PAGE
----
Wizkers:Radio review on www.machamradio.com

Machamradio.com, a blog on - you guessed it - ham radio software for Apple computers, just published a review of Wizkers:Radio. 

The choice of Ham radio software on MacOS X has historically been a lot poorer than on Windows. Some might say that the software that is available on the Mac makes up for it by its general very high quality. Nevertheless, we are glad to be adding to the choices of Apple-friendly Hams by supporting Wizkers:Radio on the Mac as well as most other operating systems.

Wizkers:Radio is out!

We are very happy to announce the release of Wizkers:Radio on the Android Store and the Chrome store. Wizkers:Radio is a version of Wizkers that is dedicated to HAM Radio operators, and supports a lot of Elecraft equipment: KX3, KXPA100, PX3 and XG3. It also provides experimental support for the Sark110, only as a Chrome app.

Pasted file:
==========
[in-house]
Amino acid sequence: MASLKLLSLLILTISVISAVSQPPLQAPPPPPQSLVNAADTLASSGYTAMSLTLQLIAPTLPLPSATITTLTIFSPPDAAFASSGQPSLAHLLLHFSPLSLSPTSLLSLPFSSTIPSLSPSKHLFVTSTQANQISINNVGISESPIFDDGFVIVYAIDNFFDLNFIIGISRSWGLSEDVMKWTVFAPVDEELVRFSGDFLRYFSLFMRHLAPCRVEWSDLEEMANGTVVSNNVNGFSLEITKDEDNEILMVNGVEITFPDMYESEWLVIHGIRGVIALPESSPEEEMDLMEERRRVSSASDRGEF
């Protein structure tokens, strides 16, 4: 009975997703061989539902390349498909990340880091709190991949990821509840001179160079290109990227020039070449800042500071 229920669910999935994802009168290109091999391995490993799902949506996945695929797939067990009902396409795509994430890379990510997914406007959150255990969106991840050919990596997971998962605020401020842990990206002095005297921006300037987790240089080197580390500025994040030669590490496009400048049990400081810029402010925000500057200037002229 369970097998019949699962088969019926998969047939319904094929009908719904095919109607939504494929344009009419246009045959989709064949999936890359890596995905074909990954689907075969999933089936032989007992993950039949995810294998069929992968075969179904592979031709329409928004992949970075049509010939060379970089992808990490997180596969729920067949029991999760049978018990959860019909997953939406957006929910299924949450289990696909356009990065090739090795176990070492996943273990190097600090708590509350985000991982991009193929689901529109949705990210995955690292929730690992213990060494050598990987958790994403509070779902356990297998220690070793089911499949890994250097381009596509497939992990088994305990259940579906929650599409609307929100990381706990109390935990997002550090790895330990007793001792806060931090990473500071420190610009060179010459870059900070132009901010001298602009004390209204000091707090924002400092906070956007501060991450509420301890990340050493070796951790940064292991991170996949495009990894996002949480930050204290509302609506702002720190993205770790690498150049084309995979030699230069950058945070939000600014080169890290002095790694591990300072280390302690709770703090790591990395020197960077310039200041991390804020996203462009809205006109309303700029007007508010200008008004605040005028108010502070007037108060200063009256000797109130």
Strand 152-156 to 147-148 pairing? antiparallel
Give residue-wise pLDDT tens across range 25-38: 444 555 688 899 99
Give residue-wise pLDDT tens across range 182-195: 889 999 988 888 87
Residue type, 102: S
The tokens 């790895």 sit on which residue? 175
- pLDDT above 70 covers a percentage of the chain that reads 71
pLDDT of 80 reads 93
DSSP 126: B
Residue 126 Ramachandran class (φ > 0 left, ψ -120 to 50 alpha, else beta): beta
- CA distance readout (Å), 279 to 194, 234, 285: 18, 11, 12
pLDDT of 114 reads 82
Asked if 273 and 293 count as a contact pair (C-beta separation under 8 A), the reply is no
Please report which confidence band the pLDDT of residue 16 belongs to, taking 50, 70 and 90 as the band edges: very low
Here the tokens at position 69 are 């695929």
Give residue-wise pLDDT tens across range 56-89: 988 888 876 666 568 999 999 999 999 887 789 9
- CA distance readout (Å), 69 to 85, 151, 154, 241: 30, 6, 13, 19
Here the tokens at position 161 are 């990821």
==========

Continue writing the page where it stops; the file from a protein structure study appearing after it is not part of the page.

In our very unbiased opinion, Wizkers:Radio is one of the most advanced, and certainly the best looking HAM radio controller available on Android today. Its role is to be a natural extension of your rig whenever you have access to a phone and tablet, make the use of your KX3 even simpler and leverage your equipment to the maximum of its abilities.

Remote control and monitoring

The KX3 display is entirely reproduced on Wizkers:Radio, all the way to the buttons that are all functional.

Wizkers:Radio connects to your rig/instruments using either a USB OTG cable, or a Pignology Piglet. You then get a complete remote display of your KX3 or your KXPA100 in case it is not located right next to you.

Of course, all the buttons are active, and for the KXPA100, all the setting entries as well.

KXPA100 monitor and configurator